The majority of businesses in Europe, Middle East and Africa (EMEA) have been unable to protect their value chains against unforeseen events.
A study launched by Oracle, “Managing the Value Chain in Turbulent Times”, surveyed 677 senior decision makers in large organisations across nine regions in EMEA, to assess how businesses are currently managing their value chains. It examined major aspects of value chain management, including risk, managing information, innovation and sustainability.
The survey found that disruption has become endemic. Over the past 12 months, 63% of businesses across EMEA have reported that they have seen disruption to their value chain due to unpredictable events beyond their control, such as economic disruption (24%), adverse weather (19%) and bankruptcy of suppliers (16%).
In addition, the cost of disruption is high. Amongst those businesses that have experienced disruption in the last 12 months, it has taken 63 days on average to get back to normal operations following an incident. The cost to organisations has amounted to an average €520 000 per incident and includes costs associated with lost sales, lost customers, product recall and the work involved in having to rebuild the value chain.
Organisations, however, still have inadequacies in their risk assessment. Despite the disruption being caused to the value chain, 75% of organisations admitted that they have not performed a risk assessment on all elements of the chain, leaving them exposed to financial loss.
In fact, the study found that 58% of businesses which have not performed a comprehensive risk assessment have been affected by disruption, highlighting the impact this lack of preparation is having.
Compliance presents a challenge to large businesses in EMEA, according to the study, with 79% having to comply with at least one type of legislation and trade regulation that affects their value chain.
The research shows, however, that a significant proportion of companies are struggling to comply with these regulations, with 30% having failed to comply with at least one, which they are meant to adhere to during the last 12 months. Failure to comply with legislation can lead to financial penalties or, in extreme cases, punitive legal measures.
Businesses also struggle with communication and collaboration, with 82% of senior decision-makers stating that departments or groups in their organisation are generally bad at keeping them informed.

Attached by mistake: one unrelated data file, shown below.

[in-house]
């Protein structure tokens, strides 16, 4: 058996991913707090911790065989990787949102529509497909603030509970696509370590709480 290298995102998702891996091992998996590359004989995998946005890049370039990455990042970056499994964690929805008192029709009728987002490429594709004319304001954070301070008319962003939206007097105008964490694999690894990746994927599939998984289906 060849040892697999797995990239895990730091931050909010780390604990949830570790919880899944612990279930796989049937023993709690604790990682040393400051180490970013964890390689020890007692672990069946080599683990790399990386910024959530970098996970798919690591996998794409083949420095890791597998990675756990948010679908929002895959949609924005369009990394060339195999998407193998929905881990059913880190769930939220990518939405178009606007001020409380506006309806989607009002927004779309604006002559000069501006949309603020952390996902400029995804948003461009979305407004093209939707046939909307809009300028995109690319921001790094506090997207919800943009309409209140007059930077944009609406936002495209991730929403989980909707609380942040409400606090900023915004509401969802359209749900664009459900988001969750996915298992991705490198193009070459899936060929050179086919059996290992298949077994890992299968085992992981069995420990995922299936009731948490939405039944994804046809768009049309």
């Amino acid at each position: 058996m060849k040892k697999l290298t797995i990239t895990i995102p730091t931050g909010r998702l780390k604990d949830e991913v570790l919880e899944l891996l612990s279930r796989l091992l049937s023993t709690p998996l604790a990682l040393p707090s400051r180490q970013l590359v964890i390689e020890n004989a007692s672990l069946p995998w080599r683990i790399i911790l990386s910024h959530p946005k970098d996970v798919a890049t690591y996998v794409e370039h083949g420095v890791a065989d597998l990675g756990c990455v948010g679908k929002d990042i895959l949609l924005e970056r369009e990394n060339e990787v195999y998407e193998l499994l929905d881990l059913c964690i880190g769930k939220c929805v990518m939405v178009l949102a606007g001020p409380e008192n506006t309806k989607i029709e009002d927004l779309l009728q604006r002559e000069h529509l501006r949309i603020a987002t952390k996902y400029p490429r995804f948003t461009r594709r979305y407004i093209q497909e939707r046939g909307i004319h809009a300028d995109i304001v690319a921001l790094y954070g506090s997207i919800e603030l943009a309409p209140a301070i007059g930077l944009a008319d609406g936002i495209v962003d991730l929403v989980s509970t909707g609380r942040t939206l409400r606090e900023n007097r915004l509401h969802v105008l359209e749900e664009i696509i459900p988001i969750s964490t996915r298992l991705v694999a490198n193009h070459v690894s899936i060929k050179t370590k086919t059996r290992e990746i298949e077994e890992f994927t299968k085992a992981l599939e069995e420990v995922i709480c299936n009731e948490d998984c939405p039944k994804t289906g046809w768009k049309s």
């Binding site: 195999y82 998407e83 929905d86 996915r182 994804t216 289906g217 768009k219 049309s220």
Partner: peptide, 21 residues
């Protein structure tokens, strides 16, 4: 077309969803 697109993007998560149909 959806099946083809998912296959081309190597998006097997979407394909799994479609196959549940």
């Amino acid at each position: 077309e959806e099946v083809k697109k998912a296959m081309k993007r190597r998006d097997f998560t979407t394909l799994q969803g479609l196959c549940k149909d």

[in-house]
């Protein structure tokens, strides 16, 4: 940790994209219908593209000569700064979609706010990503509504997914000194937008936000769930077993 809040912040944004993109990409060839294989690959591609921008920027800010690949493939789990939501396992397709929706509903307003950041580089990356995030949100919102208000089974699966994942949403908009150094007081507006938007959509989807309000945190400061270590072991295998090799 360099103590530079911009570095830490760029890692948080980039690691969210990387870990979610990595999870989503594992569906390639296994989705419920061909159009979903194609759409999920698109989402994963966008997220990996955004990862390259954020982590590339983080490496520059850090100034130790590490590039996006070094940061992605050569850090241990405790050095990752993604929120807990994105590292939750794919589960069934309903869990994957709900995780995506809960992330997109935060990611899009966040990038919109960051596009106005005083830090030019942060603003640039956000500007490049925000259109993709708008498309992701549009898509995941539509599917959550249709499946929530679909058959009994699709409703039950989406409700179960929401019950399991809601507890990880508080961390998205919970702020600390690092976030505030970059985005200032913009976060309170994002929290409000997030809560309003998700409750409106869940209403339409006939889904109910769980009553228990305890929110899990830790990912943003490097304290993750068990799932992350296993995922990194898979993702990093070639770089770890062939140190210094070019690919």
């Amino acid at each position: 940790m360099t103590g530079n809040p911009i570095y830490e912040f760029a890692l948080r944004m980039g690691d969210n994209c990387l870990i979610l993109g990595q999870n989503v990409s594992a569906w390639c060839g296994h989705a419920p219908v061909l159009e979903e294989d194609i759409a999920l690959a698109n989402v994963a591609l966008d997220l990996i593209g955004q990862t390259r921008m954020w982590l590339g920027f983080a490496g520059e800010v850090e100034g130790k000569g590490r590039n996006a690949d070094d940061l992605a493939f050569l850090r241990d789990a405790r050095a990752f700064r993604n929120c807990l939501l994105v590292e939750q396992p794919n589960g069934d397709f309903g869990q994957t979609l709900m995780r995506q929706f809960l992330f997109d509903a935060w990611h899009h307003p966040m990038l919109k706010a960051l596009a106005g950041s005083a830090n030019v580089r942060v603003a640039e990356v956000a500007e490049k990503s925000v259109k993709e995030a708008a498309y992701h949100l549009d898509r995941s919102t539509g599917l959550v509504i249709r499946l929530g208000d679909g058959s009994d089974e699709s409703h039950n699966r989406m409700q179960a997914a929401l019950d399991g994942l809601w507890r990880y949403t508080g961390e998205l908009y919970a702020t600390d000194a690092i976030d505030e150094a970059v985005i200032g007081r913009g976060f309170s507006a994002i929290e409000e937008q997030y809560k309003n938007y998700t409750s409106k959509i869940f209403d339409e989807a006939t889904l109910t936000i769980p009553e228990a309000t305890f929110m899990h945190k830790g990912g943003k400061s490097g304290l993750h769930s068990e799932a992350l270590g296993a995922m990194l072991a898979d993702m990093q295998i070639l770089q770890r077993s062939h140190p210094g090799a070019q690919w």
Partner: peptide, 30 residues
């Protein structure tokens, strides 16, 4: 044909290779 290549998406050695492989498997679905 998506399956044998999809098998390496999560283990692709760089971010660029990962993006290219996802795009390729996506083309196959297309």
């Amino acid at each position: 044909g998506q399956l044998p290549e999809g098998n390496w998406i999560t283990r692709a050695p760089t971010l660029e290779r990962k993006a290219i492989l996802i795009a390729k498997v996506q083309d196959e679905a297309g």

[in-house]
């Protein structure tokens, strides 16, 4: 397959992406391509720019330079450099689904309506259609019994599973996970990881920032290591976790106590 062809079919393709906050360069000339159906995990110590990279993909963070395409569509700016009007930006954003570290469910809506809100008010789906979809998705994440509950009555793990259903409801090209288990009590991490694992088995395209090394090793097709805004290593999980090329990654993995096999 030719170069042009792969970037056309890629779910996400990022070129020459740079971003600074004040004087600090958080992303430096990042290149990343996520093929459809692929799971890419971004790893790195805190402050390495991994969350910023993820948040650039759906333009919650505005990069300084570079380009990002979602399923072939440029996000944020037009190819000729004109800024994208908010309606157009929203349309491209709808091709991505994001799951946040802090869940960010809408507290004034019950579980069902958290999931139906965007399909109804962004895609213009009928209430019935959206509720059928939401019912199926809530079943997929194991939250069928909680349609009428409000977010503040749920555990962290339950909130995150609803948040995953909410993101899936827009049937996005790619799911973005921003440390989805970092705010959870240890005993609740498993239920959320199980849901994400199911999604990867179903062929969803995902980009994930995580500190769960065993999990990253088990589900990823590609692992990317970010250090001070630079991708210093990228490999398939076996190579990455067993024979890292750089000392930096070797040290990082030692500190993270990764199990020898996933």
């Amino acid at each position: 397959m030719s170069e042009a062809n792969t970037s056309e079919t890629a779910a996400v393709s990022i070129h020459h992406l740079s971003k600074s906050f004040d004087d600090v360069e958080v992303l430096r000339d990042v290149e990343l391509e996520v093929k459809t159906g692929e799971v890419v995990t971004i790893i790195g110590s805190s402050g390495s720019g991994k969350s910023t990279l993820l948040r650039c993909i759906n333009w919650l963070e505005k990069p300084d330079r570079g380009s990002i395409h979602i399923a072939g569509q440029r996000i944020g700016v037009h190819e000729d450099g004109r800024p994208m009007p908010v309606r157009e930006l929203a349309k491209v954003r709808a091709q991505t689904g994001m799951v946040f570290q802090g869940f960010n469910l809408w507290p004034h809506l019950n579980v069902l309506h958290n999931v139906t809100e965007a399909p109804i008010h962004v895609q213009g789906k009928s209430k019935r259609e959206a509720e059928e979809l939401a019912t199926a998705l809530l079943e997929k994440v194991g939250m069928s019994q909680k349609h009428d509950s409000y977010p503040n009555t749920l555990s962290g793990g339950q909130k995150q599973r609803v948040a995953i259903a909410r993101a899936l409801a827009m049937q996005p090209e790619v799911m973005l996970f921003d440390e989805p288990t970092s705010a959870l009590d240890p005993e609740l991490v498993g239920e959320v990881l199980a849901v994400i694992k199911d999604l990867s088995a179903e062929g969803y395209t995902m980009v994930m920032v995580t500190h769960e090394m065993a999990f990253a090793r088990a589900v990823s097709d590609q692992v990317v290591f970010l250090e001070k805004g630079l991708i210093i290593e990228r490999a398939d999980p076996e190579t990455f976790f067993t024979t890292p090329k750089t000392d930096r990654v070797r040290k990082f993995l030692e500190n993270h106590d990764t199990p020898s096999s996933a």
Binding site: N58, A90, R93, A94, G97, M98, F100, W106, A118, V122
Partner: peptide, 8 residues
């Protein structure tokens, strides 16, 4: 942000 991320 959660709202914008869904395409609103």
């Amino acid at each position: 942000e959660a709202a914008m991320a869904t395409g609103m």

In addition, 85% of senior decision makers stated that departments/groups of people within their organisation struggle to provide timely data and information relating to products and services. This lack of communication presents a significant challenge when it comes to understanding and managing the value chain.
Technology could be a barrier to effective communication/collaboration. The study reveals that a poor communications infrastructure may be to blame for many of these communications issues, as 61% of businesses reported that internal communication and collaboration suffers due to data and/or technology problems.
In addition, 21% think they have incompatible technology and just over one in four (27%) believe their organisation has inadequate IT systems in place to deal with this. A further 56% stated that data and/or technology problems hinder external collaboration and communication.
“It is clear from the study that many large businesses across EMEA have yet to get to grips with their value chain,” says Dominic Regan, senior director: value chain execution at Oracle EMEA.
“The survey paints a picture whereby a lack of communication and collaboration, when combined with poor risk assessments and inadequate compliance measures, is putting businesses at risk of significant operational disruption and financial loss.
“The good news for businesses is that this state of affairs can certainly be remedied,” he adds. “By ensuring that all supply chain applications can work together, businesses can share information quickly and cost effectively across the entire business in a way that is both resilient and adaptable. The value chain allows businesses to keep their promises to their customers.
“It is a highly important asset and, as such, should be adequately managed and protected.”
Dr Cherry Taylor, MD of Dynamic Markets, adds: “The research demonstrates very clearly that consumers and businesses of all shapes and sizes are interconnected through their value chains. The fall out of incidents taking place in distant parts of the world can affect to customers both locally and globally. The complexity of these value chains is immense, as are the challenges for companies too.
“The research shows there is room for improvement in terms of functionality, and that the majority of value chains are not durable in the face of all too common incidences and that value chains are not especially forward looking in terms of opportunity and influence.”